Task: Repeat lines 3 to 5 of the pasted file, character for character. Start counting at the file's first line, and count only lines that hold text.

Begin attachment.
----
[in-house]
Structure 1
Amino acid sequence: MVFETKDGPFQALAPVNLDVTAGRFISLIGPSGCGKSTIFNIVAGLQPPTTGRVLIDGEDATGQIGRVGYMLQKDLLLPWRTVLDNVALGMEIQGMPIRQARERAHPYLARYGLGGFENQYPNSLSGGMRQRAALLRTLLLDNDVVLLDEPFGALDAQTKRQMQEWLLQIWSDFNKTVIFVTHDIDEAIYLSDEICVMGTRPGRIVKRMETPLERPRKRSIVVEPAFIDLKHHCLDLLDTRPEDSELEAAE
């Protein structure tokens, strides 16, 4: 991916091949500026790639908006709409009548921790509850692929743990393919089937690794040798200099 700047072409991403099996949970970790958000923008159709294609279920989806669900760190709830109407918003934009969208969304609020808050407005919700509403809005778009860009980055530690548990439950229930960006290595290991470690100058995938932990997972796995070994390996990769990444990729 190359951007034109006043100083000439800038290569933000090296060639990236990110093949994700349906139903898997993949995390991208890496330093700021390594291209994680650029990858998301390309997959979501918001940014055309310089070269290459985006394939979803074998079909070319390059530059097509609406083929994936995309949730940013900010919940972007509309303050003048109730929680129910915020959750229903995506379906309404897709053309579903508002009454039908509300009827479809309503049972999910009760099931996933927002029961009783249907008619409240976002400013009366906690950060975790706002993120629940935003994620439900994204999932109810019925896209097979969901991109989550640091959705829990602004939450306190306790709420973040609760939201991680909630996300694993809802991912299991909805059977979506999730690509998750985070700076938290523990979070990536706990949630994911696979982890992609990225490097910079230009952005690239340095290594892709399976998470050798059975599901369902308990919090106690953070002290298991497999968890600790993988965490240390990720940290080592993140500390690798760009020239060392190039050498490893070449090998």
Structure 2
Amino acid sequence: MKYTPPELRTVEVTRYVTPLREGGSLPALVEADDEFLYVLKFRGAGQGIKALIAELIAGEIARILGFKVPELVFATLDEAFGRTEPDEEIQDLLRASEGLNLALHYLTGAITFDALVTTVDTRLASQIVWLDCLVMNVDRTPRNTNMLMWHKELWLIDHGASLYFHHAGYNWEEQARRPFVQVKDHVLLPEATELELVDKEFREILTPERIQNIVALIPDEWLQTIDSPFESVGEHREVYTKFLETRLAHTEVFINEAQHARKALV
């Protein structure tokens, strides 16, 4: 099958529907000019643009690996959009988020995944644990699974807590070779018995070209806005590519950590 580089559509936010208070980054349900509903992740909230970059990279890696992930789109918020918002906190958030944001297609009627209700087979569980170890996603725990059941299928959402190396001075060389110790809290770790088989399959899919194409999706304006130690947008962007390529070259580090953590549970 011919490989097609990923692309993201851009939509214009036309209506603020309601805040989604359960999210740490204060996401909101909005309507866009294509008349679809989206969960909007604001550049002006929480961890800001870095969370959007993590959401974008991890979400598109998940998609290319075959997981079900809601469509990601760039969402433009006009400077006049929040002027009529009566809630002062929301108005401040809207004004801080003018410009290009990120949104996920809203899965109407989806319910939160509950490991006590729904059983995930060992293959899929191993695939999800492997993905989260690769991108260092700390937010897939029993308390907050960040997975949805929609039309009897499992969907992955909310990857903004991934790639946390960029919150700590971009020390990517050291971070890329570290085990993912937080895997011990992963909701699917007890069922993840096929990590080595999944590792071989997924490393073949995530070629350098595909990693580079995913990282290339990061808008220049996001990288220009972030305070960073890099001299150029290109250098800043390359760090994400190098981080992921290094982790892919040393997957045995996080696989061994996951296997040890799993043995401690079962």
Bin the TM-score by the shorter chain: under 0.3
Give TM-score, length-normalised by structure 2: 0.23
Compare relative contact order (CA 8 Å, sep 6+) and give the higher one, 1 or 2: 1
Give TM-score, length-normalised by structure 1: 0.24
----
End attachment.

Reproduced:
Amino acid sequence: MVFETKDGPFQALAPVNLDVTAGRFISLIGPSGCGKSTIFNIVAGLQPPTTGRVLIDGEDATGQIGRVGYMLQKDLLLPWRTVLDNVALGMEIQGMPIRQARERAHPYLARYGLGGFENQYPNSLSGGMRQRAALLRTLLLDNDVVLLDEPFGALDAQTKRQMQEWLLQIWSDFNKTVIFVTHDIDEAIYLSDEICVMGTRPGRIVKRMETPLERPRKRSIVVEPAFIDLKHHCLDLLDTRPEDSELEAAE
């Protein structure tokens, strides 16, 4: 991916091949500026790639908006709409009548921790509850692929743990393919089937690794040798200099 700047072409991403099996949970970790958000923008159709294609279920989806669900760190709830109407918003934009969208969304609020808050407005919700509403809005778009860009980055530690548990439950229930960006290595290991470690100058995938932990997972796995070994390996990769990444990729 190359951007034109006043100083000439800038290569933000090296060639990236990110093949994700349906139903898997993949995390991208890496330093700021390594291209994680650029990858998301390309997959979501918001940014055309310089070269290459985006394939979803074998079909070319390059530059097509609406083929994936995309949730940013900010919940972007509309303050003048109730929680129910915020959750229903995506379906309404897709053309579903508002009454039908509300009827479809309503049972999910009760099931996933927002029961009783249907008619409240976002400013009366906690950060975790706002993120629940935003994620439900994204999932109810019925896209097979969901991109989550640091959705829990602004939450306190306790709420973040609760939201991680909630996300694993809802991912299991909805059977979506999730690509998750985070700076938290523990979070990536706990949630994911696979982890992609990225490097910079230009952005690239340095290594892709399976998470050798059975599901369902308990919090106690953070002290298991497999968890600790993988965490240390990720940290080592993140500390690798760009020239060392190039050498490893070449090998």
Structure 2